It turns out the under-resourced people who need medical help in Africa, Asia, the Caribbean and Salinas Valley have much in common. If anyone would understand that, it’s Natividad hospital’s chief of staff, Chris Carpenter, who began the two-year post on July 1 after he was elected by his peers. Carpenter grew up in San Leandro, and didn’t travel much growing up but eventually traveled overseas in college. He combined his passion for medicine with an interest in experiencing other cultures and eventually practiced in some challenging areas of the world, including the Democratic Republic of the Congo.

Doctor Without Borders

“I was interested in almost everything,” Carpenter says of choosing a focus in medical school. “Ultimately I liked being around kids.” He enjoys the challenge of treating babies who can’t speak – “It’s like being a detective” – and helping families.

“We have the resources at Natividad to provide top-notch care but the patients we’re taking care of are often very impoverished,” Carpenter says. The conversations he has with families that face a lack of resources is not unlike those he’s had with patients in Congo or in Haiti: “Our patients struggle in a similar way to how patients might struggle in very impoverished countries.”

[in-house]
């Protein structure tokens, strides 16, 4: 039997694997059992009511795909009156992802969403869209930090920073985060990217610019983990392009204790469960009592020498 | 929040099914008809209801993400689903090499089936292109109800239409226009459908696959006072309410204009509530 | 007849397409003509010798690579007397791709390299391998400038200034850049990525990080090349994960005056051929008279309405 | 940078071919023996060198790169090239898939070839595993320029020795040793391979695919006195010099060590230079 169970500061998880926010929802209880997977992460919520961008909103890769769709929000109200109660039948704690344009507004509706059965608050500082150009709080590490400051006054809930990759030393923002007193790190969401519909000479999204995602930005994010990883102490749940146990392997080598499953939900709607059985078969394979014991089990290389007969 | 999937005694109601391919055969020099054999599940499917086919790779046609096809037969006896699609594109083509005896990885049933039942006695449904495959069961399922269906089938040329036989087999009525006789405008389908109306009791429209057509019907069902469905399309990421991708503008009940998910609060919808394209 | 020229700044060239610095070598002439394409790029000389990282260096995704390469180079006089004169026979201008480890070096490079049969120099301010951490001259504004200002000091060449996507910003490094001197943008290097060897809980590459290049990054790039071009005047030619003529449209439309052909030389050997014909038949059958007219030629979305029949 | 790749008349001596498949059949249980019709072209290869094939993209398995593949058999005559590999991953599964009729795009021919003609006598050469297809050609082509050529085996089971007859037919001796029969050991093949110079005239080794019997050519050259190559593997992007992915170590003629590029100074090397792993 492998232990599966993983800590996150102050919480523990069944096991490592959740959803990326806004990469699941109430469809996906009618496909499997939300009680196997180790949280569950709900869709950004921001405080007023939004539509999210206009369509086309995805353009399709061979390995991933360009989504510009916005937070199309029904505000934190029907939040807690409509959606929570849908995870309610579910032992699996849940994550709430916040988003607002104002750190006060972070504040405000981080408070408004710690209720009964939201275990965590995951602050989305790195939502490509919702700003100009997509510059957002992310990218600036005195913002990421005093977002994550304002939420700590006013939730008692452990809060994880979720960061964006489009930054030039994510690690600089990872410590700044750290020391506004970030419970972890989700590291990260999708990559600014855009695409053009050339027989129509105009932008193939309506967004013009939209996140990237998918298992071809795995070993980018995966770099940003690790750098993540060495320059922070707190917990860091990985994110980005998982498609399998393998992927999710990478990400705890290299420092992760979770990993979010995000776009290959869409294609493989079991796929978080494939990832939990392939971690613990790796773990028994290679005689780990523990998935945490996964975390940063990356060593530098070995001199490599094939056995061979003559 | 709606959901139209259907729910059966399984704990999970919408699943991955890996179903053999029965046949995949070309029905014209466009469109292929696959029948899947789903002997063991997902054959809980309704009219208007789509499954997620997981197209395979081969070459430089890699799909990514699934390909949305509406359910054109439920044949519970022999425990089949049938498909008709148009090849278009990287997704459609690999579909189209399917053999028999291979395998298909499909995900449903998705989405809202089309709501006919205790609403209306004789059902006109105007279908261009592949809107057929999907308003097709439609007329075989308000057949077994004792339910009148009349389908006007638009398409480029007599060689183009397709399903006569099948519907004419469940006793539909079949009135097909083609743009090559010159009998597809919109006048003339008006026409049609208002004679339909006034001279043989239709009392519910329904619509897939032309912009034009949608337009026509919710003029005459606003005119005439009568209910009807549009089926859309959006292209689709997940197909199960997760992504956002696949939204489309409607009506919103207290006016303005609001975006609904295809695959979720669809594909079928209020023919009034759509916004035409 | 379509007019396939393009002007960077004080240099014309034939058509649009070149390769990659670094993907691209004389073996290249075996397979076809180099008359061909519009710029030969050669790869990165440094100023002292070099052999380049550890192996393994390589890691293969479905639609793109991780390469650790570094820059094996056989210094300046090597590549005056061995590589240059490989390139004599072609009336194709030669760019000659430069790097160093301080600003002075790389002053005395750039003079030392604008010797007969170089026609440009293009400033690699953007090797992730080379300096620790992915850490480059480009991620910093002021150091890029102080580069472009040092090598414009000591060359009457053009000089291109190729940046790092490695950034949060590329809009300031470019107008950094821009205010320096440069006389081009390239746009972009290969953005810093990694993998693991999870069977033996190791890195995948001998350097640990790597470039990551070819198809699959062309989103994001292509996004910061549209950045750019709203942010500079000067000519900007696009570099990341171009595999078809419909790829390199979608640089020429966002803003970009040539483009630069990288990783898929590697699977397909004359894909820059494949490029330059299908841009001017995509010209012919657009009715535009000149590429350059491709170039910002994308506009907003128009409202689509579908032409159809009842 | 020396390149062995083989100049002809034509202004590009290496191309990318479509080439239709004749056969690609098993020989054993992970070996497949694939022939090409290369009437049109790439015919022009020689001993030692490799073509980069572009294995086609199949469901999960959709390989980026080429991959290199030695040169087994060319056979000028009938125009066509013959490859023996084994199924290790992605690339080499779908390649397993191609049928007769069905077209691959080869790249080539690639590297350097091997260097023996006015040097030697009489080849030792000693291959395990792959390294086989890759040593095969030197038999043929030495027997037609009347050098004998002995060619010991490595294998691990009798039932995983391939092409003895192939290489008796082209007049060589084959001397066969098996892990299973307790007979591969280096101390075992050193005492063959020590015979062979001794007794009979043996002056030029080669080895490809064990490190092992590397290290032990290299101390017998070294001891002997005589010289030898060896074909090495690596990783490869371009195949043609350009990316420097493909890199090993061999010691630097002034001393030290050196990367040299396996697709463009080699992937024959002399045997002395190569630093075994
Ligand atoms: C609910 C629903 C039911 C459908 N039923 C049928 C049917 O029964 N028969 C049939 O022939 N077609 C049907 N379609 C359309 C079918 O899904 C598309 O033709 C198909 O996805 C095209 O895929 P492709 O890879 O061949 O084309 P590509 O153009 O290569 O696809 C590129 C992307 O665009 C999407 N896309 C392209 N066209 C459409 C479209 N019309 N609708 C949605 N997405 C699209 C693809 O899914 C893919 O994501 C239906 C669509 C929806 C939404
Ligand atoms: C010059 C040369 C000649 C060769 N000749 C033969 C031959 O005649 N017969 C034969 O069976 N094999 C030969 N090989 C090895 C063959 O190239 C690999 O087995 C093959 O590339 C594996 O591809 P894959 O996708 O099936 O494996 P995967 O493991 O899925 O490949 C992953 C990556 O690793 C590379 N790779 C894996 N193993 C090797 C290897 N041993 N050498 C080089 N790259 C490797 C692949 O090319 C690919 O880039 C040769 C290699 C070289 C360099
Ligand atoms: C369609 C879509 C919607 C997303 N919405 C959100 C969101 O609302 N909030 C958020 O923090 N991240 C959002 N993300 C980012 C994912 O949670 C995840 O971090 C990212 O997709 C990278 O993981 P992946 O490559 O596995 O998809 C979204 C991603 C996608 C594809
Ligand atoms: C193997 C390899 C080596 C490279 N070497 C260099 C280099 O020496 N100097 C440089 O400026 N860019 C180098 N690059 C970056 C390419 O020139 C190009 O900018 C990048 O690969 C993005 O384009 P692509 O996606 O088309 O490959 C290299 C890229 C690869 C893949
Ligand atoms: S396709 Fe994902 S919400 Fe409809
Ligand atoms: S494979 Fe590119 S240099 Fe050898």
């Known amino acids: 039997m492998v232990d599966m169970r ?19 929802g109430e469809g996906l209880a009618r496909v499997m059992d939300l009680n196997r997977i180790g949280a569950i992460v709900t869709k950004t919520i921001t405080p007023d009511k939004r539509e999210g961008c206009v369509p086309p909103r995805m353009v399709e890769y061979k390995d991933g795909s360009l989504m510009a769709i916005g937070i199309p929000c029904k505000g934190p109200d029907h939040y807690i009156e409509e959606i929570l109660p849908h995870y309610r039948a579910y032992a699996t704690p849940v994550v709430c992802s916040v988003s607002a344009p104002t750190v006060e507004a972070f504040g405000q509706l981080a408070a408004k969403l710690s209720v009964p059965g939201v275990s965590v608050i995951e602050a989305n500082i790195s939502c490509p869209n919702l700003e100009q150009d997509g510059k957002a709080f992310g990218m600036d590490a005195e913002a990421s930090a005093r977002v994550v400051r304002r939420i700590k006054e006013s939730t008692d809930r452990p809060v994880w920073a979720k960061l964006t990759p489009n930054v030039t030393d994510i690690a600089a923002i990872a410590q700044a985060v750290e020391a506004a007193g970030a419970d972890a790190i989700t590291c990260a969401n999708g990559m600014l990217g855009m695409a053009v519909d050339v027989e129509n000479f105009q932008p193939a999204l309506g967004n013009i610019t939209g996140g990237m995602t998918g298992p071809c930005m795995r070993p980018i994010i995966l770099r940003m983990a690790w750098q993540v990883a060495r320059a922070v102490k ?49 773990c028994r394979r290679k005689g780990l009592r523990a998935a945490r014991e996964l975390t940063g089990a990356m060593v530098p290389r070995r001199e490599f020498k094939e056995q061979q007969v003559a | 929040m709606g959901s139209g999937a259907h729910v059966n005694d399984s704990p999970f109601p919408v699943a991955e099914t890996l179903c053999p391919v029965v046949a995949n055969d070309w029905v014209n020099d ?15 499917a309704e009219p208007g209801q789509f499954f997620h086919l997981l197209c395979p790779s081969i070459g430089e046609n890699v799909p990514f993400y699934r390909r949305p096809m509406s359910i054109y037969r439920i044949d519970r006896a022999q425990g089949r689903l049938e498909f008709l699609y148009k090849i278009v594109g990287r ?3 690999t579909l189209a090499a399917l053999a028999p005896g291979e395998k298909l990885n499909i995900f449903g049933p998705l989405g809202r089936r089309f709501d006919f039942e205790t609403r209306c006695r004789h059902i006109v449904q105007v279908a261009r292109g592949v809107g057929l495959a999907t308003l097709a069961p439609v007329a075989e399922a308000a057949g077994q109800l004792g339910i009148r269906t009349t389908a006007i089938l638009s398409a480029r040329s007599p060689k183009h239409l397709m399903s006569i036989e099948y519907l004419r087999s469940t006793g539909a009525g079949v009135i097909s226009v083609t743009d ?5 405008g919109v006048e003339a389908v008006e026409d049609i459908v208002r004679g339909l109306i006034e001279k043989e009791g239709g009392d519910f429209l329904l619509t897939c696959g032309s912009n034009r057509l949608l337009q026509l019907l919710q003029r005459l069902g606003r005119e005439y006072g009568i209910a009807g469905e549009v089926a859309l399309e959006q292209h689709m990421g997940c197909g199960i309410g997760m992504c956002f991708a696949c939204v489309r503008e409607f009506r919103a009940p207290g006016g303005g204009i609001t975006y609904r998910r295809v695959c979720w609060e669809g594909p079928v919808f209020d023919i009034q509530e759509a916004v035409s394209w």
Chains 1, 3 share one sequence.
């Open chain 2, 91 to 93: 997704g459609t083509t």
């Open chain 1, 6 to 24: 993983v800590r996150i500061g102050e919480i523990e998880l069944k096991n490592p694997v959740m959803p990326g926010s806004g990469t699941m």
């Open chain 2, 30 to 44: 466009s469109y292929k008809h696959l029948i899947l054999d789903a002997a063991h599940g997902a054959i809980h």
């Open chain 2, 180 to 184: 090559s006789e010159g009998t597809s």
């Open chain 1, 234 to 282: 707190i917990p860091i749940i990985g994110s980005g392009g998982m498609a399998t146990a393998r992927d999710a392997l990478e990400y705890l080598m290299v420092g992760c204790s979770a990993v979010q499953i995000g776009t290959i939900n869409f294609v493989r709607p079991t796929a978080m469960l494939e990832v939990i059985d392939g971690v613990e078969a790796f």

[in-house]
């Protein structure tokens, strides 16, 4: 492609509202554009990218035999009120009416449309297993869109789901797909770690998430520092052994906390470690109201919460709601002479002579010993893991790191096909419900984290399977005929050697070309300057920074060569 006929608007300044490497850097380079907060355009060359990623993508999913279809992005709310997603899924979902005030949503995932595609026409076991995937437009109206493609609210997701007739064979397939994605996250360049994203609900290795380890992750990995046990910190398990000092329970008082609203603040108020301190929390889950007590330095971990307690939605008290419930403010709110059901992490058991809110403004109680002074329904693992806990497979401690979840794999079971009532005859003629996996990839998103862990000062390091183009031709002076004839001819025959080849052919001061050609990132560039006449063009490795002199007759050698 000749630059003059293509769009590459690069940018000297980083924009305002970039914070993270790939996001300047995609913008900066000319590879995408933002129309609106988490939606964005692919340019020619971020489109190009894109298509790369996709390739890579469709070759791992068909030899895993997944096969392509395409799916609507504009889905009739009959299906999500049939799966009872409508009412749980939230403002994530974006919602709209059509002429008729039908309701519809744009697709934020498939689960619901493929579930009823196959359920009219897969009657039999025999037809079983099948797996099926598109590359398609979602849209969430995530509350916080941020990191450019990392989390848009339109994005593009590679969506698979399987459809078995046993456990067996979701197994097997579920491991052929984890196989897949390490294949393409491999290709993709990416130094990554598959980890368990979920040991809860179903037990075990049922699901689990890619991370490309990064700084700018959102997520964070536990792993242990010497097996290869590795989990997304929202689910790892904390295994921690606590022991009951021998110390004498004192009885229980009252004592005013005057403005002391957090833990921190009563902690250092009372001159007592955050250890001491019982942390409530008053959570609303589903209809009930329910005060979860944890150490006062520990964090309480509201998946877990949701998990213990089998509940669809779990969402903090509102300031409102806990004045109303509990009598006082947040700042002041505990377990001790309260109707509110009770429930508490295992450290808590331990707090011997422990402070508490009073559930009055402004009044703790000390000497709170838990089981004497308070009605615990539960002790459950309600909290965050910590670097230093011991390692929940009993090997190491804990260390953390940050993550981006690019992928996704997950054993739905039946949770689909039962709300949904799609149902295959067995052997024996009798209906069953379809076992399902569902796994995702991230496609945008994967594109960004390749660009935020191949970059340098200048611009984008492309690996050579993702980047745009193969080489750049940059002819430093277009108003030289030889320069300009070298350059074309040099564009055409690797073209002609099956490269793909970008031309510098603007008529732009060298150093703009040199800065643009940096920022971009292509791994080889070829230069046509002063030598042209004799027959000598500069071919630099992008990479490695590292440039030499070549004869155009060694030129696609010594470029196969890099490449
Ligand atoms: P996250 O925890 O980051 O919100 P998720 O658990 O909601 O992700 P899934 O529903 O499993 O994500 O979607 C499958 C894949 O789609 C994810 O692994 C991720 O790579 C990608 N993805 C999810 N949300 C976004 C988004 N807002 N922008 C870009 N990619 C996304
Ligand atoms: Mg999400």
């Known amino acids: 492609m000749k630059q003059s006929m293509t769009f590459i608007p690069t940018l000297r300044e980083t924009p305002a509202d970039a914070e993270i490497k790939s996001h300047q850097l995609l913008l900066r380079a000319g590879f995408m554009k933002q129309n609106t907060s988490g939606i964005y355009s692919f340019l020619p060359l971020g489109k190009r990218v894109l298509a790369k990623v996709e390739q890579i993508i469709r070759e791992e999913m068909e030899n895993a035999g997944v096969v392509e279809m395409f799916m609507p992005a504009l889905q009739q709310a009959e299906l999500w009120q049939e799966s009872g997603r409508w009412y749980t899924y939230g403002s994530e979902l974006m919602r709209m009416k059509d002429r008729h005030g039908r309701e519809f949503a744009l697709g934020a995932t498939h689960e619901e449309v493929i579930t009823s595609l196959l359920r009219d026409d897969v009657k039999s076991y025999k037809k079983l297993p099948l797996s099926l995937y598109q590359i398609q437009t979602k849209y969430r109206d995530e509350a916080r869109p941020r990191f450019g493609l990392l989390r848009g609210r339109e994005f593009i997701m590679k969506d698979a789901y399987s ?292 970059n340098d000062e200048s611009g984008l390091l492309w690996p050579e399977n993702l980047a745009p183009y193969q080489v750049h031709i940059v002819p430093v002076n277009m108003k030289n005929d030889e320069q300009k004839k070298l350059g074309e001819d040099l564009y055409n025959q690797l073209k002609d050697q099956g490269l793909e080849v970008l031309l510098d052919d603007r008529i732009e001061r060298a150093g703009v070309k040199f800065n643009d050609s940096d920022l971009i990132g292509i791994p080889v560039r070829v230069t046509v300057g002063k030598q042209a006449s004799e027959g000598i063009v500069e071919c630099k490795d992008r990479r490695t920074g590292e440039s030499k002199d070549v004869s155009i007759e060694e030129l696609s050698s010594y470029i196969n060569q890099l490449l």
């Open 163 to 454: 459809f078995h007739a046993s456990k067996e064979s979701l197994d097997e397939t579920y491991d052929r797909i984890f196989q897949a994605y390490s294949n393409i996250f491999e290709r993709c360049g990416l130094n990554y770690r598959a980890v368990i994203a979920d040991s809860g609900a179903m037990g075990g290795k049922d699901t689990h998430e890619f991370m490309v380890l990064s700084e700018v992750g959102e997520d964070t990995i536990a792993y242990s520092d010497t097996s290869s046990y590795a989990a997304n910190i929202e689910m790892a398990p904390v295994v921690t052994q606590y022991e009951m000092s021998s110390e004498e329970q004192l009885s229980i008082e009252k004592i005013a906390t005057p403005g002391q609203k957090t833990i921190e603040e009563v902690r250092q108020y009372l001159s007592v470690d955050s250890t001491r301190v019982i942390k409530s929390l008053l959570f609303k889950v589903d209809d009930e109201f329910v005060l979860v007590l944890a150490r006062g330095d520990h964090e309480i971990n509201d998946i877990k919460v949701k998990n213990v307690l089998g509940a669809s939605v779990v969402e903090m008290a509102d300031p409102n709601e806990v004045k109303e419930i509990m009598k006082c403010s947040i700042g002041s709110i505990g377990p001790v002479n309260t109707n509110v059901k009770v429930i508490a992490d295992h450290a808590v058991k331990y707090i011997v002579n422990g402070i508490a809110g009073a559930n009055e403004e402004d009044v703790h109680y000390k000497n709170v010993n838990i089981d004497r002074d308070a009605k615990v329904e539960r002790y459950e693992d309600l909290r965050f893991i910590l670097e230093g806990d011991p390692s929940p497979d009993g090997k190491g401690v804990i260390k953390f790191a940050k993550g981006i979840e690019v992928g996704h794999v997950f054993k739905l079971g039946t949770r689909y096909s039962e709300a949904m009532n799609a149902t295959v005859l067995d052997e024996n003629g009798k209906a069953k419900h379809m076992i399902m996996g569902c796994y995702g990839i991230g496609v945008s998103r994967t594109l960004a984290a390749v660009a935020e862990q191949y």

Carpenter and his wife, Lisa Dickey, have worked to improve patient care in Nepal, India, East Timor, Liberia and Haiti. After marrying, they chose Haiti as “closer to home.” It was there they joined others in founding the Kay Mackenson Clinic, which treats children with chronic diseases and is completely staffed by Haitian doctors, nurses and support staff.

Haiti is also where they adopted their twins, Gabriela and Tristan, whom they met as 5-month-old malnourished patients. Their mother was a homeless widow raising six children at the time. “She had come to the conclusion that she wanted to do her best for her kids and wanted to put them up for adoption,” Carpenter says. The twins are now 9, and the family is still in touch with their biological mother.

Carpenter shares with some of his patients a family background in farming – three grandparents came from agriculture. Carpenter’s parents were working-class, his dad in construction and his mom as a secretary. It was his mom who was determined to see that her children become the first generation in the family to go to college. Carpenter got a job driving a forklift out of high school – he says he didn’t know the logistics of how to apply for college – until his mom signed him up for classes at Chabot College in Hayward. A physiology class there sparked his interest in medicine.

Carpenter sat down for a Zoom interview to share more about his life and what he hopes to accomplish as a leader at Natividad.

Weekly: How dangerous was it practicing medicine in the Congo, and what made you and your wife want to go there?

Carpenter: I had an opportunity to do quality improvement projects in the neonatal intensive care unit and to start working toward building a pediatric ICU. It was extremely challenging and there is tremendous violence and insecurity, but we were not affected like the locals were. We were very sheltered. Patients who were living in the mountains or low-level forests were constantly afraid of the paramilitary and all of the rebels in the area. We never felt threatened ourselves but we saw people impacted by violence almost on a daily basis.